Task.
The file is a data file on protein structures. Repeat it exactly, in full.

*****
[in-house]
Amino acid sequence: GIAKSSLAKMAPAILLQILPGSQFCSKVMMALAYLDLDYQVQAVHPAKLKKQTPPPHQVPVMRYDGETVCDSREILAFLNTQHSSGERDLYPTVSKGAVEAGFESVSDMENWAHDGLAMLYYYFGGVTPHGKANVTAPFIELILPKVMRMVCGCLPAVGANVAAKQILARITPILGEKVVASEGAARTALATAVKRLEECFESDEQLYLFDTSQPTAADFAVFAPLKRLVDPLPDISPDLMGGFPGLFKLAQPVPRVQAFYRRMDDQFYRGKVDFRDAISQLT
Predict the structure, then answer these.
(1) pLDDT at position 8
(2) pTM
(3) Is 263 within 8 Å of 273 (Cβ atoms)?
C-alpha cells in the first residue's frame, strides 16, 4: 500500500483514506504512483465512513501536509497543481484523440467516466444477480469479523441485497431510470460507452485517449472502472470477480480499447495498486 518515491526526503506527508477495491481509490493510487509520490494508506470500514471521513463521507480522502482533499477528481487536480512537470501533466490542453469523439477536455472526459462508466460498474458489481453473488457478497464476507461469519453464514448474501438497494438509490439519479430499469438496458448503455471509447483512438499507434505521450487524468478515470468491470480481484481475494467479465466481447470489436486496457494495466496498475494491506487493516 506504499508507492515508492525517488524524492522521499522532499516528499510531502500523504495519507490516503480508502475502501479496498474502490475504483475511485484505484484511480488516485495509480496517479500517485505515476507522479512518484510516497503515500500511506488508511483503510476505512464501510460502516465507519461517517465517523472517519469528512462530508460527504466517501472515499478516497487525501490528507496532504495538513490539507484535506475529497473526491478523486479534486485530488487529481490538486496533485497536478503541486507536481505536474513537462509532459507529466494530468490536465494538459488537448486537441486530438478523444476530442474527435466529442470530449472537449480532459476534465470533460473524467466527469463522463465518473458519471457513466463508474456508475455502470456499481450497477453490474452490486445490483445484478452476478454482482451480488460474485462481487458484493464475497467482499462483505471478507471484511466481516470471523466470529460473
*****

[in-house]
Amino acid sequence: GIAKSSLAKMAPAILLQILPGSQFCSKVMMALAYLDLDYQVQAVHPAKLKKQTPPPHQVPVMRYDGETVCDSREILAFLNTQHSSGERDLYPTVSKGAVEAGFESVSDMENWAHDGLAMLYYYFGGVTPHGKANVTAPFIELILPKVMRMVCGCLPAVGANVAAKQILARITPILGEKVVASEGAARTALATAVKRLEECFESDEQLYLFDTSQPTAADFAVFAPLKRLVDPLPDISPDLMGGFPGLFKLAQPVPRVQAFYRRMDDQFYRGKVDFRDAISQLT
Predict the structure, then answer these.
(1) pLDDT at position 8
(2) pTM
(3) Is 263 within 8 Å of 273 (Cβ atoms)?
C-alpha cells in the first residue's frame, strides 16, 4: 500500500483514506504512483465512513501536509497543481484523440467516466444477480469479523441485497431510470460507452485517449472502472470477480480499447495498486 518515491526526503506527508477495491481509490493510487509520490494508506470500514471521513463521507480522502482533499477528481487536480512537470501533466490542453469523439477536455472526459462508466460498474458489481453473488457478497464476507461469519453464514448474501438497494438509490439519479430499469438496458448503455471509447483512438499507434505521450487524468478515470468491470480481484481475494467479465466481447470489436486496457494495466496498475494491506487493516 506504499508507492515508492525517488524524492522521499522532499516528499510531502500523504495519507490516503480508502475502501479496498474502490475504483475511485484505484484511480488516485495509480496517479500517485505515476507522479512518484510516497503515500500511506488508511483503510476505512464501510460502516465507519461517517465517523472517519469528512462530508460527504466517501472515499478516497487525501490528507496532504495538513490539507484535506475529497473526491478523486479534486485530488487529481490538486496533485497536478503541486507536481505536474513537462509532459507529466494530468490536465494538459488537448486537441486530438478523444476530442474527435466529442470530449472537449480532459476534465470533460473524467466527469463522463465518473458519471457513466463508474456508475455502470456499481450497477453490474452490486445490483445484478452476478454482482451480488460474485462481487458484493464475497467482499462483505471478507471484511466481516470471523466470529460473